One step closer to better working conditions for truck drivers in Europe

After protracted internal negotiations the transport ministers of the Member States adopted, at a Council meeting on December 4, a common position on a reform of working conditions for truck drivers in Europe, as part of a broader ‘Europe on the Move’ mobility package proposed by the European Commission in 2017. According to CESI, the position can be the basis for better employment conditions in road transport in Europe.

The position of the Council (‘general approach’) is the basis for negotiations with the European Parliament on final legislative provisions which would, after a transition period, become binding in all EU Member States.

According to the Council’s general approach, haulier enterprises should become obliged to:

• organise the drivers’ work schedules in such a way that they are able to return home at least every four weeks – or, if the driver chooses to take two reduced weekly rests, after three weeks on the road;
• ensure the provision of regular weekly rest for truck drivers outside the cabin (e.g. via hotel accomodation);
• implement the principle of the same pay for the same work at the same place, with the general rule being that if an operation is organised in such a way that the link between the driver’s work and the country of establishment remains intact, the driver should be excluded from the EU’s posting rules (e.g. in the case of bilateral transport operations or transit), but that for all other types of operations, including cabotage, the full posting regime would apply from the first day of the operation. An exception would be that on the way to the destination country and on the way back, one additional activity of loading/unloading is permitted in both directions without falling under the posting regime, or zero on the way out and up to two on the way back.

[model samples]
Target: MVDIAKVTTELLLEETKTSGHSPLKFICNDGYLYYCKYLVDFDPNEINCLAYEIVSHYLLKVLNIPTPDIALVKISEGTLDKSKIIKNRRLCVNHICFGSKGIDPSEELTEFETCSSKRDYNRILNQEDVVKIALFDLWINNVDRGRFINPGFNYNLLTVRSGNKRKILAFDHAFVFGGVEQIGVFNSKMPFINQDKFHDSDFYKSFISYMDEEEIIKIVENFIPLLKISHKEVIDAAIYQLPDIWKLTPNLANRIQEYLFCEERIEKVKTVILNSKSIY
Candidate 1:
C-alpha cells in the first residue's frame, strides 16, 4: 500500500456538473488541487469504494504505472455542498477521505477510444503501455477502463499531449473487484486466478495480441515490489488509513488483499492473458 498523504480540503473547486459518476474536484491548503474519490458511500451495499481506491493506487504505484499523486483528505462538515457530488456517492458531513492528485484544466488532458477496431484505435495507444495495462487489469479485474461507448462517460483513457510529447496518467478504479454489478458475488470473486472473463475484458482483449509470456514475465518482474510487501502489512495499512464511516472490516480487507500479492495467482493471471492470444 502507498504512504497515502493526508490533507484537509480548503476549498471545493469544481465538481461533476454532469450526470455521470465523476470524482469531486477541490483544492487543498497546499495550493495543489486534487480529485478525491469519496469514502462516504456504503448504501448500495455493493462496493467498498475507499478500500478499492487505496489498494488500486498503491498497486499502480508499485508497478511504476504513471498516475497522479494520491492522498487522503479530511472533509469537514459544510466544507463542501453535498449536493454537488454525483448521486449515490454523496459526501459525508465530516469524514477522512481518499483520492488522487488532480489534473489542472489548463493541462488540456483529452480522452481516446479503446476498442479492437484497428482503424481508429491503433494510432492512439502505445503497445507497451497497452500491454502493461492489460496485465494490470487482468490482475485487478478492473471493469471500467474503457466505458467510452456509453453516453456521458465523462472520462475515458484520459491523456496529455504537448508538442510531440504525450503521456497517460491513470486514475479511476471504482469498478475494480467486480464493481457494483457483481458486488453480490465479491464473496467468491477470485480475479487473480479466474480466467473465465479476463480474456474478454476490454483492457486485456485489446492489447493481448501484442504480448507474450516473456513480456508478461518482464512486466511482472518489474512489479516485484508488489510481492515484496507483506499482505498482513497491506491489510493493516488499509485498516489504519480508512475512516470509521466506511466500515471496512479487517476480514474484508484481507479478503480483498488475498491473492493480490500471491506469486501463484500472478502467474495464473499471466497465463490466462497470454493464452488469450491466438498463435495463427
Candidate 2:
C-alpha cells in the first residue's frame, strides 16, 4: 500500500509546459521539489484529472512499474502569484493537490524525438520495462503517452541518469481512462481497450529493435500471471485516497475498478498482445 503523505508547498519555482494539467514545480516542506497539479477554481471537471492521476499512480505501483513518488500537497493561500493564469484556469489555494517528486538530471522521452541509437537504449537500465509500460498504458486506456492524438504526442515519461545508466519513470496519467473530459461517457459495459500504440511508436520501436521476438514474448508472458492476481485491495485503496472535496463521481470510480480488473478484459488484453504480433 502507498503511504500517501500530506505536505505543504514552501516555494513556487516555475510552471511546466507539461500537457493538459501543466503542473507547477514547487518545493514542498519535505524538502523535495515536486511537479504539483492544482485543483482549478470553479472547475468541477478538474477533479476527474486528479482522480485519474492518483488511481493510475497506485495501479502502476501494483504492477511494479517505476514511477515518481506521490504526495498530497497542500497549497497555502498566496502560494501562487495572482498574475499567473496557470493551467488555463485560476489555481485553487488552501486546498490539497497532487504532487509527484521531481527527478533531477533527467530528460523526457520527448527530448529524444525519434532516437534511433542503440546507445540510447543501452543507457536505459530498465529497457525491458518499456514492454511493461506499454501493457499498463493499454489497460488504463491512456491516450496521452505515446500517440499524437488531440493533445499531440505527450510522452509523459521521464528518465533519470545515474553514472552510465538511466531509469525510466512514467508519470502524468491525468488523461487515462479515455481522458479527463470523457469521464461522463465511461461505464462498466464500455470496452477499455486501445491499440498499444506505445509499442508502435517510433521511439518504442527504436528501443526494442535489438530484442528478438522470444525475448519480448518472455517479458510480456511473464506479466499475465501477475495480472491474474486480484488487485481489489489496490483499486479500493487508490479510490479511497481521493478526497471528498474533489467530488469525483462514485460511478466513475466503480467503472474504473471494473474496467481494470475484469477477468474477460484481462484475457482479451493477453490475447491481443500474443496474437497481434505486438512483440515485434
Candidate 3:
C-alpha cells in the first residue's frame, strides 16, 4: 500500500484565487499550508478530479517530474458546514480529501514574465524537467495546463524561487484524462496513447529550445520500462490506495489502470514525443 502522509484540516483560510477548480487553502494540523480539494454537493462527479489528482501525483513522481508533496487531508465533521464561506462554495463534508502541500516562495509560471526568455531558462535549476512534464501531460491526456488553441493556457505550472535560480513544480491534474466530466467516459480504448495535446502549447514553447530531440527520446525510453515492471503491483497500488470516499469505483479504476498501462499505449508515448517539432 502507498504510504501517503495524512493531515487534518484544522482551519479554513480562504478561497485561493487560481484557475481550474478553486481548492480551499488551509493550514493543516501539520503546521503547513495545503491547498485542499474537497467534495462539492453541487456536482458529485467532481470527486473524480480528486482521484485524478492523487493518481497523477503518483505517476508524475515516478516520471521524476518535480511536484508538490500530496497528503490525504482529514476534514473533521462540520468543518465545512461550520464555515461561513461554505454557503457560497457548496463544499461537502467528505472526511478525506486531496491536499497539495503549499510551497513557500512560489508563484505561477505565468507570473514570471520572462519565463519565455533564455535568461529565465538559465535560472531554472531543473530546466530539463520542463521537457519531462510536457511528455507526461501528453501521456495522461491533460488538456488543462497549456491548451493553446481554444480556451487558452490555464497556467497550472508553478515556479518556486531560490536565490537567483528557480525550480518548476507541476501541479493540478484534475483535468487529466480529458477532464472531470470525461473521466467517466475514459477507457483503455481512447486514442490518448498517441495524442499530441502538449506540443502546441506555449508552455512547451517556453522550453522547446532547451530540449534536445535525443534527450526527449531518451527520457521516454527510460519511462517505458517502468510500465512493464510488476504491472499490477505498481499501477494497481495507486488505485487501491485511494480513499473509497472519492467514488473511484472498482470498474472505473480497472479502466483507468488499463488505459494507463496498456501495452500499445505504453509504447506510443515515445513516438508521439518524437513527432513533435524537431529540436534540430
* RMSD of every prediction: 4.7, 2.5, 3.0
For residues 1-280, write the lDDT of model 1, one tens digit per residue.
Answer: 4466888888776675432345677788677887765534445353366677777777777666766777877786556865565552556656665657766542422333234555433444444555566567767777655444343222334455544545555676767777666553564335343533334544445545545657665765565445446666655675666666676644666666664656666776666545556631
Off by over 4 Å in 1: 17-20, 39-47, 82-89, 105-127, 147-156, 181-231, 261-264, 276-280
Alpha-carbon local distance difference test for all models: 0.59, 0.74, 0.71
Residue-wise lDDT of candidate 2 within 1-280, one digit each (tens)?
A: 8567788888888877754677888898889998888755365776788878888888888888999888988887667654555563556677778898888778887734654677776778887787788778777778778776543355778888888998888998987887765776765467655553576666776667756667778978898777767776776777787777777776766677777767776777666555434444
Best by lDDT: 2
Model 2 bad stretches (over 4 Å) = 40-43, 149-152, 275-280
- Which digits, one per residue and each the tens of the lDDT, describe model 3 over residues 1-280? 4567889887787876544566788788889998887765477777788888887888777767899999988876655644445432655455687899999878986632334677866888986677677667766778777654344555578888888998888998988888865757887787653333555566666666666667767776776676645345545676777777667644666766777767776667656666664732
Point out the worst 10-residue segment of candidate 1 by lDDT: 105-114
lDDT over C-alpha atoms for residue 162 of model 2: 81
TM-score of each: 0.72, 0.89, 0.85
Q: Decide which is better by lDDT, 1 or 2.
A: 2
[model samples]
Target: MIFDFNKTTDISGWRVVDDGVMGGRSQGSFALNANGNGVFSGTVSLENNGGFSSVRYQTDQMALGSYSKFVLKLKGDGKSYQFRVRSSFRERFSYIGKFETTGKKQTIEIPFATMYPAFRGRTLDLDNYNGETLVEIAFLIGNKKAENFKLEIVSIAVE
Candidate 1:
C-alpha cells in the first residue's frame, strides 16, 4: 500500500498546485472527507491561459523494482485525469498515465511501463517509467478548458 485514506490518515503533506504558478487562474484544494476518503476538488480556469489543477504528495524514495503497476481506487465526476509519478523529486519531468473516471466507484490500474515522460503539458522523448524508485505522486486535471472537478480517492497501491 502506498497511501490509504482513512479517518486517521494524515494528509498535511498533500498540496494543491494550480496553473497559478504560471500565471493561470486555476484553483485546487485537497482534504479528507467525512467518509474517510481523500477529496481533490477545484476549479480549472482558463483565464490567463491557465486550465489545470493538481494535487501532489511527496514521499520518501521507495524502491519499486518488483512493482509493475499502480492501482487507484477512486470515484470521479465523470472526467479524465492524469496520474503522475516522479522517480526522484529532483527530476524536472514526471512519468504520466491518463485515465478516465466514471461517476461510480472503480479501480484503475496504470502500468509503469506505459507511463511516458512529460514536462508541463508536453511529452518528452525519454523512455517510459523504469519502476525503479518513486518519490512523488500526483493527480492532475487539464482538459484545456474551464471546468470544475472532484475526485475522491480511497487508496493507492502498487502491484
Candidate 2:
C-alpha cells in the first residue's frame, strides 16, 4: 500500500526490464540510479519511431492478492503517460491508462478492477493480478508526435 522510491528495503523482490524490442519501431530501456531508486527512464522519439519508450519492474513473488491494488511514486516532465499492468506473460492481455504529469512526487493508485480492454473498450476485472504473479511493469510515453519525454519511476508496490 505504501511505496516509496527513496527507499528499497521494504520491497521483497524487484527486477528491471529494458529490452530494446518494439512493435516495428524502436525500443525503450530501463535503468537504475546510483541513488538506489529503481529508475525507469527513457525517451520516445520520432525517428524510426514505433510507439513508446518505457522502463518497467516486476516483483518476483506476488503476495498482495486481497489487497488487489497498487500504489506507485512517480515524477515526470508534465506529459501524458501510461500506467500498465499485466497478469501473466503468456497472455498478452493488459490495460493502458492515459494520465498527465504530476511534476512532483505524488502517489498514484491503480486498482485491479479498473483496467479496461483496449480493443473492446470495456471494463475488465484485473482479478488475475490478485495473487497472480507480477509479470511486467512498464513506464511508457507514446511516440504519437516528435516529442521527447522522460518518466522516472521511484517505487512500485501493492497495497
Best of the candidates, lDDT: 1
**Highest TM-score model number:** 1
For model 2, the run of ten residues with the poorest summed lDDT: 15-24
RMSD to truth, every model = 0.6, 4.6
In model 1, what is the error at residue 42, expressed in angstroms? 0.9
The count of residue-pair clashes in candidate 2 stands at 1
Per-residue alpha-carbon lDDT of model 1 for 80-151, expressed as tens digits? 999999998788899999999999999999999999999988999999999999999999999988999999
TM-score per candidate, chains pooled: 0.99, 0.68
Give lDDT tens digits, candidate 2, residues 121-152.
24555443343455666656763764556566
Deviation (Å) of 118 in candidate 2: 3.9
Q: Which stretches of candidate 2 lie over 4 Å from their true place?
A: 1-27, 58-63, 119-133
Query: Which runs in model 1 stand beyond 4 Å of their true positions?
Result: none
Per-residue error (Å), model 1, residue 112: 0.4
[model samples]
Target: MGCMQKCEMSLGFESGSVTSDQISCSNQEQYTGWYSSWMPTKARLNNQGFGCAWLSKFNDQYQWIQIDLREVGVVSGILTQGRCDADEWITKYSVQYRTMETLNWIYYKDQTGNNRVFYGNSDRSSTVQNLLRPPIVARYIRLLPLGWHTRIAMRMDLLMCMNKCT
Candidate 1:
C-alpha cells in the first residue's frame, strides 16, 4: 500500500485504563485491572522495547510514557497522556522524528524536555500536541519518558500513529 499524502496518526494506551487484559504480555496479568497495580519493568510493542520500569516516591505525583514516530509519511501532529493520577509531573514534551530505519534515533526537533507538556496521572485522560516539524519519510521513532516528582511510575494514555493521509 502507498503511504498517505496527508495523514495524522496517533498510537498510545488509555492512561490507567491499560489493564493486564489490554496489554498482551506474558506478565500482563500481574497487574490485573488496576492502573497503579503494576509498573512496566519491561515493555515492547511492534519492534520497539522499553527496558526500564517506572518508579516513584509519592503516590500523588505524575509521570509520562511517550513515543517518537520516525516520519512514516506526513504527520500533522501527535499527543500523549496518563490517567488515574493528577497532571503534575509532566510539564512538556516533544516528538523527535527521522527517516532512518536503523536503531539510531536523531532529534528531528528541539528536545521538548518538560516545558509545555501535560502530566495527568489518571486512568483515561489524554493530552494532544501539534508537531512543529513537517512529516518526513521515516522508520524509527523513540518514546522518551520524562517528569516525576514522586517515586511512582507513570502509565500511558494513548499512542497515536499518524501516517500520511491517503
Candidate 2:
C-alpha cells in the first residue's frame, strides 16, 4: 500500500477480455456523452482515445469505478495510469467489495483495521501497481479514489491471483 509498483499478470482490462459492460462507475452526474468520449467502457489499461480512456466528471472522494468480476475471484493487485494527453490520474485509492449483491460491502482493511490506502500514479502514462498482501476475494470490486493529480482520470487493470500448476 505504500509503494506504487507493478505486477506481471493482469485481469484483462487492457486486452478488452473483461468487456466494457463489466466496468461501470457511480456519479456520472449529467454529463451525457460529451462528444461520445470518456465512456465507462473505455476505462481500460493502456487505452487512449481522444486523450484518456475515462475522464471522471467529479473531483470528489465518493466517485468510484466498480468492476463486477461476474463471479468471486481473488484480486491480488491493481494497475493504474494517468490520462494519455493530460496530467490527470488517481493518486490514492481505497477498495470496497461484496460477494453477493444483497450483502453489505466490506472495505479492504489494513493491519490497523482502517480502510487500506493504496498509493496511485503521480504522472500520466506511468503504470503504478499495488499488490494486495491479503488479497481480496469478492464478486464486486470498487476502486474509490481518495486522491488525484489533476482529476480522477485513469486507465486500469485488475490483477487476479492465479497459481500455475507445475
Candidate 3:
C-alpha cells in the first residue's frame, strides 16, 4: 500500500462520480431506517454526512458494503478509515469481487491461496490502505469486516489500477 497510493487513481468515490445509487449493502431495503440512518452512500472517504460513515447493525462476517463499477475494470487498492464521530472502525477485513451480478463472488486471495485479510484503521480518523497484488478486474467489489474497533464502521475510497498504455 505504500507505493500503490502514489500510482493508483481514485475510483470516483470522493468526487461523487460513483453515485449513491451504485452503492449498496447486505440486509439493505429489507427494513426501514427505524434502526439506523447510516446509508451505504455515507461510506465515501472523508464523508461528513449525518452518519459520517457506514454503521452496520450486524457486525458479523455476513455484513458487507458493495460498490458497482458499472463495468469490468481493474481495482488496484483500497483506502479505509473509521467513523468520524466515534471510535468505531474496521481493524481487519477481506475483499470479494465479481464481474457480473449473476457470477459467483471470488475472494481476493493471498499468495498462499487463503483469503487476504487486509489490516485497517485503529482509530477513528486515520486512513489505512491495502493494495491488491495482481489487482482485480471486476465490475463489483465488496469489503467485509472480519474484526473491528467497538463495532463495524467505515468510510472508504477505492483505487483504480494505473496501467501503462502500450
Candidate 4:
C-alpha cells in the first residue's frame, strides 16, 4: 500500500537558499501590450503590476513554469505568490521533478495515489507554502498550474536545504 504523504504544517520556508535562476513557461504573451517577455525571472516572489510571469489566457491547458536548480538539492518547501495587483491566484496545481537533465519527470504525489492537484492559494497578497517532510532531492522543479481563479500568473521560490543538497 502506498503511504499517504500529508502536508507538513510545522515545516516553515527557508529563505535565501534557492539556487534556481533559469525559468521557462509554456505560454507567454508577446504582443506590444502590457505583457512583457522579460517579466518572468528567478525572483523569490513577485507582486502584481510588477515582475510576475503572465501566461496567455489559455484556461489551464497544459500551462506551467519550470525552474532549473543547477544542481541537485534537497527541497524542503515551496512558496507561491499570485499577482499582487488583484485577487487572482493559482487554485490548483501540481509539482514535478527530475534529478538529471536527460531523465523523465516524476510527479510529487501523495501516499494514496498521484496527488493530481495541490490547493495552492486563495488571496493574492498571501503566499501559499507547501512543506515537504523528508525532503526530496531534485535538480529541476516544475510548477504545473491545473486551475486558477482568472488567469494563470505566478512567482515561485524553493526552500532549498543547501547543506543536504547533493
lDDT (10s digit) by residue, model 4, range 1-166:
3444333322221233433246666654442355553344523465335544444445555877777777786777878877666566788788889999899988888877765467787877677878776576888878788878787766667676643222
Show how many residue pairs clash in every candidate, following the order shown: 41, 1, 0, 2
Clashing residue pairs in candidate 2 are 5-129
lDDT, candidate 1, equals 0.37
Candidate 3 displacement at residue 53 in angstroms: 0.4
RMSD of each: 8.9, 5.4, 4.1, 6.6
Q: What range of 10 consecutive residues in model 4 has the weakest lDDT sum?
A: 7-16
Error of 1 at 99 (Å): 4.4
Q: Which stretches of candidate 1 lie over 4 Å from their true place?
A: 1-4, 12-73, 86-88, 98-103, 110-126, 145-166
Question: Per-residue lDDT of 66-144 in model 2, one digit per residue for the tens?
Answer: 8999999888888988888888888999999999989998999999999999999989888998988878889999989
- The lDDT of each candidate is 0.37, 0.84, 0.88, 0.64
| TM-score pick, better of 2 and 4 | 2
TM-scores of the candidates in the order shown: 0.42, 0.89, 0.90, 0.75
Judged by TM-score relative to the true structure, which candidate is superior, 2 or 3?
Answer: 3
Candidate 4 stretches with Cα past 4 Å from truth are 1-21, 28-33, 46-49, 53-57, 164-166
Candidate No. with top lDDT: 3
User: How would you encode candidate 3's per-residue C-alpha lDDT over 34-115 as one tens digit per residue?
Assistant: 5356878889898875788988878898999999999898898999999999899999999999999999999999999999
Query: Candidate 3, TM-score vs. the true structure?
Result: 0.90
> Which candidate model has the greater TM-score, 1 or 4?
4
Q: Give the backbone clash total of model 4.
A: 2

In a first reaction, CESI Secretary General Klaus Heeger said: “As CESI, we clearly welcome the Council’s decision as a step towards better employment conditions in road transport and for truck drivers, whose working conditions are often precarious.

We know hope for a swift negotiation mandate from the side of the European Parliament so that there is a prospect for better employment conditions in road transport and that truck drivers in Europe will enjoy real new benefits soon.” He added: “The propositions in the Council’s general approach would not end all problems of truck drivers but they are definitely a step in the right direction and to build on during negotiations with the European Parliament. They are a remarkable achievement of the Council, given the scope of the diverse concerns of different Member States that had to be reconciled. In the end the Council’s position is the result of finding a balance between a better protection of workers, demanded especially by Western Member States, and the maintenance of competitiveness of the hauliers, advocated mainly by Eastern Member States.”

More information is available on the Council’s website.

Picture: CESI Secretary General Klaus Heeger © CESI 2018